In anticipation of seeing Val McDermid at this month’s Bookmarked literary salon, I decided to read one of her early books. Simon recommended The Mermaids Singing, the first book in which she introduces Tony Hill, now the central protagonist in the Wire in the Blood TV series based on her books.
The Mermaids Singing is set in the fictional Northern town of Bradfield. When the novel opens there have been two murders and a third is about to take place. Tony Hill, a psychological profiler has been asked to help with the case, much to the disdain of some of the team members who think psychological profiling is all a bit of mumbo-jumbo. Tony confirms that the murders – young men who have been horrifically tortured and dumped in areas of the city frequented by gay men – are likely to be the work of a serial killer and works alongside the smart female officer Carole Jordan to uncover the perpetrator.
Right from the start of the novel the reader is let into the mind of the killer who keeps a recorded diary. Narcissistic and with a cold logic, the killer’s voice reveals the reasoning behind the murders, just a few steps behind the real-time events that are taking place in the police investigation. The police team is a mix of the archetypal bent copper and some key characters, notably Carole Jordan who shines as being dedicated and smart. Tony Hill has a complex mind and plenty of personal hang-ups that make him a fascinating character. Perhaps not surprisingly because of the nature of his job, he often has to go to dark places in his mind, and at times he is incredibly strong, at others completely vulnerable. He finds a good partner to work with in Carole who despite being a young, attractive woman hasn’t had a great deal of success with men. I really liked the interaction between Tony and Carole and the way that they complemented each other in the way they worked through the case.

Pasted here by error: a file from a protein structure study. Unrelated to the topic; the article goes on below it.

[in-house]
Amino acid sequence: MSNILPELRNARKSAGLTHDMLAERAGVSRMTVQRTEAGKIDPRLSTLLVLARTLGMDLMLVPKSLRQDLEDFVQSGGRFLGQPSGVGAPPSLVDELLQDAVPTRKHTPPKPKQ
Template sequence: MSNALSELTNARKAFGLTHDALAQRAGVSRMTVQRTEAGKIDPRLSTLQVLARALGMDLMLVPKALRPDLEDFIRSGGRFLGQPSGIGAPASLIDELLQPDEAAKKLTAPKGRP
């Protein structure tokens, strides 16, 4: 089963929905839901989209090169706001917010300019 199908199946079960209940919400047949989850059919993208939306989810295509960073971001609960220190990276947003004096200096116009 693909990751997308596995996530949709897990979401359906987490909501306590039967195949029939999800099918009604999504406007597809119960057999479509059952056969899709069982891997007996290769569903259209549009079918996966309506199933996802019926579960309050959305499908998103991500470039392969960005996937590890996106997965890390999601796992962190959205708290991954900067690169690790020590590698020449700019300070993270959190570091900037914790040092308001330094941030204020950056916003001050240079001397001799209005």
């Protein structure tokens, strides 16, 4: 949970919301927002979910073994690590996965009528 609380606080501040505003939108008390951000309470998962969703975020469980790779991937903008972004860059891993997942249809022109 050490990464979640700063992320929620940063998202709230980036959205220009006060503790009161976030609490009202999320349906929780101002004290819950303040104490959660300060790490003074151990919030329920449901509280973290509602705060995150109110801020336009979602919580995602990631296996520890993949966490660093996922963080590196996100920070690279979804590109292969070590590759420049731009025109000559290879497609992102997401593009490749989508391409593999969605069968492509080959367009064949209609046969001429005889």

The Mermaids Singing is definitely one of the more gruesome crime novels that I’ve read because of the sheer sadistic nature of the murders how carefully planned they were, and the twisted logic behind why the killer believes the victims deserved to die. Also, something about the way that the men are abducted – part of normal life one day, and in a living hell the next – really got under my skin. The novel had a brilliant pace, revealing just enough in each chapter to keep you hooked until the end.
The Mermaids Singing was originally published in 1995 but doesn’t feel dated apart from some of the references to technology and even then it seems just like a snapshot of that time. It’s a really original story, and Tony Hill is brilliant. I’m definitely looking forward to reading of the series to find out how Tony’s character is developed in subsequent books. I think that I might have found a new favourite crime writer to add to my list!